FacebookTwitterGoogle+RedditEmail

Fiscal Cliff Averted, Now the Attack on People Begins

by KEVIN ZEESE

Last night, Congress passed a watered down fiscal cliff package that will raise taxes on everyone, but the worst is yet to come, and this “deficit cutting” measure contains some surprises.

Economist Jack Rasmus highlights Obama’s comments after passage which signal what we can expect: “I am very open to compromise . . . Medicare is the biggest contribution to the deficit.” In fact, Medicare does not contribute to the deficit because it is funded by a separate tax, but Obama has signaled – expect cuts to Medicare and Medicaid. Obama has been laying the ground work to cut social insurances since 2010.

The “deal” only cut the deficit by $620 billion of the bi-partisan goal of $4 trillion so there are a lot of budget cuts ahead and they will not come from the military or national security state, they will come from the necessities of the people. Even if the U.S. had gone over the cliff cuts to the military were minimal, DoD cuts scheduled to take effect in 2013 were only $24 billion, according to the Congressional Budget Office, much less than the oft-mentioned $500 billion reported in the media. The $500 billion are cuts over ten years, mostly backloaded to the out years. Thus these are cuts the military would likely never see.

The reason that the deal cut the deficit so little is because Obama backed off his campaign promise to raise taxes on the top 2%, and instead only repealed the Bush tax cuts on the top 1.5%, those earning over $400,000.  As a result, rather than raising $1.2 trillion in revenue, the deal only raised $600 billion and part of that came from working people as payroll taxes were re-instated.  The result will be more cuts on the rest of us – so later this year the bi-partisan cut to corporate tax rates can be passed.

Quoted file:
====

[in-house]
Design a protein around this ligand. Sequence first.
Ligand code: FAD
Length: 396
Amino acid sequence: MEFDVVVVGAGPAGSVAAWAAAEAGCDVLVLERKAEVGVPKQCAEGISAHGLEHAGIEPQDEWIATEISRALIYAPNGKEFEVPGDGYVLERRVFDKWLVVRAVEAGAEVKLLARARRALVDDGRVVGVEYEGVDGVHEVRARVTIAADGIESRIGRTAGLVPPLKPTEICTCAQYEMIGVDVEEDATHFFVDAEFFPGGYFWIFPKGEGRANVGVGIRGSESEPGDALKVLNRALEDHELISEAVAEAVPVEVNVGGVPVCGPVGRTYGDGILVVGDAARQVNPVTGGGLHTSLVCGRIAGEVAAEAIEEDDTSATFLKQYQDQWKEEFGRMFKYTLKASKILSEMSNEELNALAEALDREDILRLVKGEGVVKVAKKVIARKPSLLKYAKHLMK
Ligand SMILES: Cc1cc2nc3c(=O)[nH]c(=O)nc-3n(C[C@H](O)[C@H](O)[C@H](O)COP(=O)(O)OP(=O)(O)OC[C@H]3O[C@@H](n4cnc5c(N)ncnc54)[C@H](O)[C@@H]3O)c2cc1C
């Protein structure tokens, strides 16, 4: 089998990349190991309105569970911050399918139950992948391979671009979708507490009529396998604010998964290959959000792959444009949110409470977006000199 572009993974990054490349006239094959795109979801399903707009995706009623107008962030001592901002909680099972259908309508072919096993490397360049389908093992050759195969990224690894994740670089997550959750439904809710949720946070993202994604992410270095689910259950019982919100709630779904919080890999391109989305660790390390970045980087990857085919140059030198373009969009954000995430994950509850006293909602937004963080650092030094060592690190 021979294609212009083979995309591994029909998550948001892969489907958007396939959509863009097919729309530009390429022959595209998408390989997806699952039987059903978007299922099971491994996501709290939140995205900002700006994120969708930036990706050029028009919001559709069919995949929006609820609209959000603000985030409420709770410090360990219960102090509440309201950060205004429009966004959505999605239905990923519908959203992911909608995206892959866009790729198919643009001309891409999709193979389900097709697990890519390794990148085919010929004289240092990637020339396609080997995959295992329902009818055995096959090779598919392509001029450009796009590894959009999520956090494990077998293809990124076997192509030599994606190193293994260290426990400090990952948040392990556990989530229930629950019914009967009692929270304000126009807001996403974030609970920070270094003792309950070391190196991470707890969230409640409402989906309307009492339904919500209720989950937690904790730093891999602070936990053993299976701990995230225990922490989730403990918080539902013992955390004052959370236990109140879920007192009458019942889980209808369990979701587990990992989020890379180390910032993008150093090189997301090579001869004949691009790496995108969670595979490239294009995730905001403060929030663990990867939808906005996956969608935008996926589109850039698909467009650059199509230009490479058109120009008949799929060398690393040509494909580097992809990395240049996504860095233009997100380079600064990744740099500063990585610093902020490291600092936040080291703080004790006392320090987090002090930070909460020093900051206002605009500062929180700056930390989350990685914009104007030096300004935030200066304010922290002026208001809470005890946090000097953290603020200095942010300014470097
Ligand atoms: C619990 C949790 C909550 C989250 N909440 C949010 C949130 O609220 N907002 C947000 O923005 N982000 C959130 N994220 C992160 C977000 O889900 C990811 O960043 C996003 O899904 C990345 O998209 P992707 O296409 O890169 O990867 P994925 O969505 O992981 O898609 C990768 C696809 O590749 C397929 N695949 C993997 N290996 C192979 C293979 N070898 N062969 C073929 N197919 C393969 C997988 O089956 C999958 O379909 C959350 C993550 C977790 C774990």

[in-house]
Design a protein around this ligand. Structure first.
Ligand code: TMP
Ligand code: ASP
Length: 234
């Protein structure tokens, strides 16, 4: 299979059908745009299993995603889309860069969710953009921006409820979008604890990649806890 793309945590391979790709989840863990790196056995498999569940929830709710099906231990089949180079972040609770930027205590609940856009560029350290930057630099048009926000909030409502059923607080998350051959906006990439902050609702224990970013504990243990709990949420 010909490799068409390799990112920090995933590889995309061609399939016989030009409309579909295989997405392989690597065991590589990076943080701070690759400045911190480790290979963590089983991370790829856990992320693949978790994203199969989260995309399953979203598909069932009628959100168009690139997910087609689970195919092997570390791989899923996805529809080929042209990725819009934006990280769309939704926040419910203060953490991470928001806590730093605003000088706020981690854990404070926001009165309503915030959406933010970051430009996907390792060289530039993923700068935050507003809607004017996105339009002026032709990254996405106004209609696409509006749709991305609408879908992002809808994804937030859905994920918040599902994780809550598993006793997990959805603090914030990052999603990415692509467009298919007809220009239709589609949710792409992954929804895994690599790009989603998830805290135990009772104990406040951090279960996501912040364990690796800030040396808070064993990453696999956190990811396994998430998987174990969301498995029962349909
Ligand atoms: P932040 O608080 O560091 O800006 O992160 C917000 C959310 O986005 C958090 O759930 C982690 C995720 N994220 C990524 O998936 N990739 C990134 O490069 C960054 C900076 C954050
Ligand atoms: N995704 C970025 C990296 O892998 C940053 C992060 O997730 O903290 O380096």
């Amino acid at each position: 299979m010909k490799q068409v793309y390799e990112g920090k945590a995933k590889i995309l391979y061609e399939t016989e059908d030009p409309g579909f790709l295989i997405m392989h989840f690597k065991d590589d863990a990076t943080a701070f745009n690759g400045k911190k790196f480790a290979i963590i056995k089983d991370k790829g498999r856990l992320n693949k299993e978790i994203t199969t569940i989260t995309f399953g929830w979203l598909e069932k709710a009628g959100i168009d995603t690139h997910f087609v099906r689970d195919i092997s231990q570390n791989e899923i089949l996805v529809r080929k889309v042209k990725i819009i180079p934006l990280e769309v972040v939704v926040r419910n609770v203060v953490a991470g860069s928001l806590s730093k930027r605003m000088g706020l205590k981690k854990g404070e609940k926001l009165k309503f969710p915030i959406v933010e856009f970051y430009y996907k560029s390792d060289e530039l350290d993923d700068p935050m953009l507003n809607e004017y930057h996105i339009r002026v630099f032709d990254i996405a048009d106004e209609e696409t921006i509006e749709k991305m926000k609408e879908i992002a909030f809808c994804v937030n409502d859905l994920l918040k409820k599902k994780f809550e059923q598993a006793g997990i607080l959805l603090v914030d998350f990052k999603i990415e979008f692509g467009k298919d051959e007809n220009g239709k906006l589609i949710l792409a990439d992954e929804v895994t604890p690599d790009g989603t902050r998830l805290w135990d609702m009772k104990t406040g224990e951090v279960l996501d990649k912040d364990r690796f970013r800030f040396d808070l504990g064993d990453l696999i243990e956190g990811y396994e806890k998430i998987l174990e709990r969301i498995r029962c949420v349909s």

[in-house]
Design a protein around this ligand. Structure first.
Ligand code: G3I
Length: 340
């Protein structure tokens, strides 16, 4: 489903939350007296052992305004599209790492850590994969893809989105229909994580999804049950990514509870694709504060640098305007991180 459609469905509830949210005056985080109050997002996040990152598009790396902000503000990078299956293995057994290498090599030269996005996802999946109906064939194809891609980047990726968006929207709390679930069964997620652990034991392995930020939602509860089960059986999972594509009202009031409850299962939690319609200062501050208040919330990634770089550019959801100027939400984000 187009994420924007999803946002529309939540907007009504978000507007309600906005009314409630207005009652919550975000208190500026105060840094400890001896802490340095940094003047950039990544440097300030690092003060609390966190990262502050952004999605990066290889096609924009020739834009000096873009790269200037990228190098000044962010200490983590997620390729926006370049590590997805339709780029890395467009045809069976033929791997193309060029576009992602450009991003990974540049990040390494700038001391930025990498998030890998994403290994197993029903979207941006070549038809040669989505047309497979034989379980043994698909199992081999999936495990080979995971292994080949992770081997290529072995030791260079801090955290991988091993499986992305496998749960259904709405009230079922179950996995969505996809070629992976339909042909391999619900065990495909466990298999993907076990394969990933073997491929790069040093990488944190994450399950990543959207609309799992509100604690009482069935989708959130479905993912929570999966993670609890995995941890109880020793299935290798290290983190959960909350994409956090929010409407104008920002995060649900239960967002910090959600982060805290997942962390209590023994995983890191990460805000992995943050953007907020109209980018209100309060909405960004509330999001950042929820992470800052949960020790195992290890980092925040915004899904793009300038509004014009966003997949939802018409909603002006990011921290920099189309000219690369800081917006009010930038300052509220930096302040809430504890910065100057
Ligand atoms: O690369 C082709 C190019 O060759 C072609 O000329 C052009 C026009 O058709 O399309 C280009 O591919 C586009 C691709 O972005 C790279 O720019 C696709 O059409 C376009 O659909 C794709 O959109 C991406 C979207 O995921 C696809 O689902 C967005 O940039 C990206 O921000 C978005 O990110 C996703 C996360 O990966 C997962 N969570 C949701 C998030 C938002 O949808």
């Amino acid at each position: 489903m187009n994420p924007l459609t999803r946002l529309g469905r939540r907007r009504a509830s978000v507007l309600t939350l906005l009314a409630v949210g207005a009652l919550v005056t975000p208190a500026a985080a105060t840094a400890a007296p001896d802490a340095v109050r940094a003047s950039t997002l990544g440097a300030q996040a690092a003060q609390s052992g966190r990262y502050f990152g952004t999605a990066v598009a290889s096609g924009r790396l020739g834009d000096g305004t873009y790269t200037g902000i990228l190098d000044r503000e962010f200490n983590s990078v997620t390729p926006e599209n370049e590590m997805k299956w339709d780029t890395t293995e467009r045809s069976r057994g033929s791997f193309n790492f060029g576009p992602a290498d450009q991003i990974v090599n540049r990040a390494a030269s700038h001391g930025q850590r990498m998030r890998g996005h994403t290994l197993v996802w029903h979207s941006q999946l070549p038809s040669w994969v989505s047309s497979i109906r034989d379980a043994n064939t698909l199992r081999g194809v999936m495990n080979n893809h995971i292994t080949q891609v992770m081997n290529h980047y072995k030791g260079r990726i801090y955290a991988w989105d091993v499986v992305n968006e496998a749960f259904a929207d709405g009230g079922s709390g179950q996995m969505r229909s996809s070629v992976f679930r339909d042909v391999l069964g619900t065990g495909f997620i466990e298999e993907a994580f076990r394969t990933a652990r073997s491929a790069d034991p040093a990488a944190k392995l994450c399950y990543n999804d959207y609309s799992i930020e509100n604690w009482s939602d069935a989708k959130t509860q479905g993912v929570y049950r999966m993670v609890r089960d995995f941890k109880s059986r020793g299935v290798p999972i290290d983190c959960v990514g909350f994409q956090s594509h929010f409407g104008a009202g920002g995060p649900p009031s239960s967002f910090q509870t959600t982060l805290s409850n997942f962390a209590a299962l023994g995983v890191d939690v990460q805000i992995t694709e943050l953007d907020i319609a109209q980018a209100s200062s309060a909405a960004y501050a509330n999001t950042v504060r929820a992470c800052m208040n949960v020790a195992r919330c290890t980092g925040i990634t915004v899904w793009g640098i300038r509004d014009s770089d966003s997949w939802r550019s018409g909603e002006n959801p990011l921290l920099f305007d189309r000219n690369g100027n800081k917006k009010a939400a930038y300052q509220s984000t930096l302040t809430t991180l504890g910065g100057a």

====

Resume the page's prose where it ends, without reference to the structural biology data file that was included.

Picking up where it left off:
The “deal” was not all about cuts, as Matt Stoller writes, the deficit cutters were very generous to Goldman Sachs: “Goldman got $1.6 billion in tax free financing for its new massive headquarters through Liberty Bonds.”  Another gift to big finance and multinationals: a provision was included that allows U.S. multinationals to not pay taxes on income earned abroad at a cost $1.5 billion to the budget.

And, the people will need their circuses as austerity hits so NASCAR got $43 million in tax breaks over two years to build race tracks and associated facilities. Hollywood studios received $150 million in tax breaks for 2010 and 2011.

People facing foreclosure and living in underwater houses lost the small foreclosure relief programs that existed and tax laws were set to treat any write-down on a mortgage as income (i.e. if a mortgage was written down by $100,000 the tax payer had to pay taxes on $100,000 income) but the cliff deal delayed that tax change for one year.

Taking care of ill family members at home was dealt a set-back with a provision in the Affordable Care Act designed to let millions of elderly and disabled people get help at home rather than be placed in institutional care being repealed.

There was good news for Green energy in the deal. Roughly a dozen provisions would extend credits and incentives for plug-in electric vehicles, energy-efficient appliances, biodiesel and renewable diesel, and other alternative energy initiatives.